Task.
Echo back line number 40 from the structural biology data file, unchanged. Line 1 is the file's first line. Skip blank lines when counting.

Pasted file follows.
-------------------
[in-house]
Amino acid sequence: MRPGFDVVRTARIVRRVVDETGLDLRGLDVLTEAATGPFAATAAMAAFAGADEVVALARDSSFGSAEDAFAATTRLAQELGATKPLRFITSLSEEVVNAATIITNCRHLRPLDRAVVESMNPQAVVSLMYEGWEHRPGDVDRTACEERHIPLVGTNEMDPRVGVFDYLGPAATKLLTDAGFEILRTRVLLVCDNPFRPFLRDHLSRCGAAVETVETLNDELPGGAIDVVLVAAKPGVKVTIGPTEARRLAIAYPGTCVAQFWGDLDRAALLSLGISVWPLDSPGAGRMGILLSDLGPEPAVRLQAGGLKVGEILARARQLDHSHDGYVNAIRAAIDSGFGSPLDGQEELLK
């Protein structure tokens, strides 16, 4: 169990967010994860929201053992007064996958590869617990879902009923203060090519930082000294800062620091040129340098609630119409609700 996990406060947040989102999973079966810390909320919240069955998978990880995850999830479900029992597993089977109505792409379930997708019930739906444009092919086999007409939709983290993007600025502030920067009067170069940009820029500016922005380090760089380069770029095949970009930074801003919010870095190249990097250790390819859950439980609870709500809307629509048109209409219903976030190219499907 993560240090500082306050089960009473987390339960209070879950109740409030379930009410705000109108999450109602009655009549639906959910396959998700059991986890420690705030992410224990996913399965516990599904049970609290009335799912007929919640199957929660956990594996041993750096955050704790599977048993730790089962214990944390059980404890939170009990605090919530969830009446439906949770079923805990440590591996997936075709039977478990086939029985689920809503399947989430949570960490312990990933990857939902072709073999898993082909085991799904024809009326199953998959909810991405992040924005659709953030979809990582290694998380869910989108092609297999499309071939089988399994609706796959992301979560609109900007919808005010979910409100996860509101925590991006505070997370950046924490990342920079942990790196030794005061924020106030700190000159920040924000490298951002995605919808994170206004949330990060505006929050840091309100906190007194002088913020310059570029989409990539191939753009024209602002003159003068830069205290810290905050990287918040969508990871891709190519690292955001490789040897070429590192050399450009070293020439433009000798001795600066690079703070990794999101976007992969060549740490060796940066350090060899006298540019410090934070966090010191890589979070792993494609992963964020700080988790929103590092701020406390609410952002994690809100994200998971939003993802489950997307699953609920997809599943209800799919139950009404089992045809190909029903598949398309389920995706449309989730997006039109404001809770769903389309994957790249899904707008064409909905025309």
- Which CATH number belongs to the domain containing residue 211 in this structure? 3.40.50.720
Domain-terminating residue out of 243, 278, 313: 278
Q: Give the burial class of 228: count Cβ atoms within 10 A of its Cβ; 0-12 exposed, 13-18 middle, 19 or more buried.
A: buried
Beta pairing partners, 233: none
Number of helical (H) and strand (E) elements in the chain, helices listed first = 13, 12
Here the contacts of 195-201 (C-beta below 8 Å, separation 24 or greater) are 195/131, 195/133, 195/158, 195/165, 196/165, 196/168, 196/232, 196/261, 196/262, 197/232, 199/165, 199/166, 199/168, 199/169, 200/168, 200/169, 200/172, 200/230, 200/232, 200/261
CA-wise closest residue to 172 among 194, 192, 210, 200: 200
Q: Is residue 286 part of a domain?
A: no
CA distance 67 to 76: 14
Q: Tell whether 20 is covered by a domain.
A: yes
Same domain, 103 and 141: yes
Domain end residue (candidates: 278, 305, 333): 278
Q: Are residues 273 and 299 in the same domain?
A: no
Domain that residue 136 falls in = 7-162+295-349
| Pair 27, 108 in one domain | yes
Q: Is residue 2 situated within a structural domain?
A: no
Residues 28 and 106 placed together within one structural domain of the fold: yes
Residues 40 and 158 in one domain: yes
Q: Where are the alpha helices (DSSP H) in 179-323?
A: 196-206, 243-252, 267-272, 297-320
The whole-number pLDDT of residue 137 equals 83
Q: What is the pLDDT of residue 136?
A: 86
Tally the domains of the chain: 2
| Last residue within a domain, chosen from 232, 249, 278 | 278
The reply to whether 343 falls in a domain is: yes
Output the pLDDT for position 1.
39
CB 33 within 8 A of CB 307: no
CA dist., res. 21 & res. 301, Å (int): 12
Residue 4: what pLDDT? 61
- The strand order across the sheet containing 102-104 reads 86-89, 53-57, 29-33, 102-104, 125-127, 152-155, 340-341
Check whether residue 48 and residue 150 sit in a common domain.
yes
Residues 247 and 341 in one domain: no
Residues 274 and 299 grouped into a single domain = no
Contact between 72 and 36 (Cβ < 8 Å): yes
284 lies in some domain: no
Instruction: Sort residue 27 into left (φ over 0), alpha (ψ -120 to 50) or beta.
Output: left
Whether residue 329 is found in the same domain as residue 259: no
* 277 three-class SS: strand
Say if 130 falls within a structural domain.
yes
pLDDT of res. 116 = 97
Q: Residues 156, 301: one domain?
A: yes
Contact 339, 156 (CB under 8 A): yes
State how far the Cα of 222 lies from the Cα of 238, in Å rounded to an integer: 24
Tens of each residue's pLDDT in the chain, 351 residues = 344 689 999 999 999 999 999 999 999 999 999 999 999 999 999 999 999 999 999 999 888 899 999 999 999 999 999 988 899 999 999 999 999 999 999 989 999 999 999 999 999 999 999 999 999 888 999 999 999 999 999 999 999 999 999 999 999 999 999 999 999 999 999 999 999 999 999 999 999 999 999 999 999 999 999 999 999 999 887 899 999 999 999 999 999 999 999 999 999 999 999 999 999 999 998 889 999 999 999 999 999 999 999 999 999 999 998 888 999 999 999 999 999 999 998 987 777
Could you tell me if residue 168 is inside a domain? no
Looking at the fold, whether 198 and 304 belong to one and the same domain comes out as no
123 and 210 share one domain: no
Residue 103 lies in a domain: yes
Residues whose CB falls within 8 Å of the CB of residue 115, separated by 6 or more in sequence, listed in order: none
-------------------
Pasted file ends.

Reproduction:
- The strand order across the sheet containing 102-104 reads 86-89, 53-57, 29-33, 102-104, 125-127, 152-155, 340-341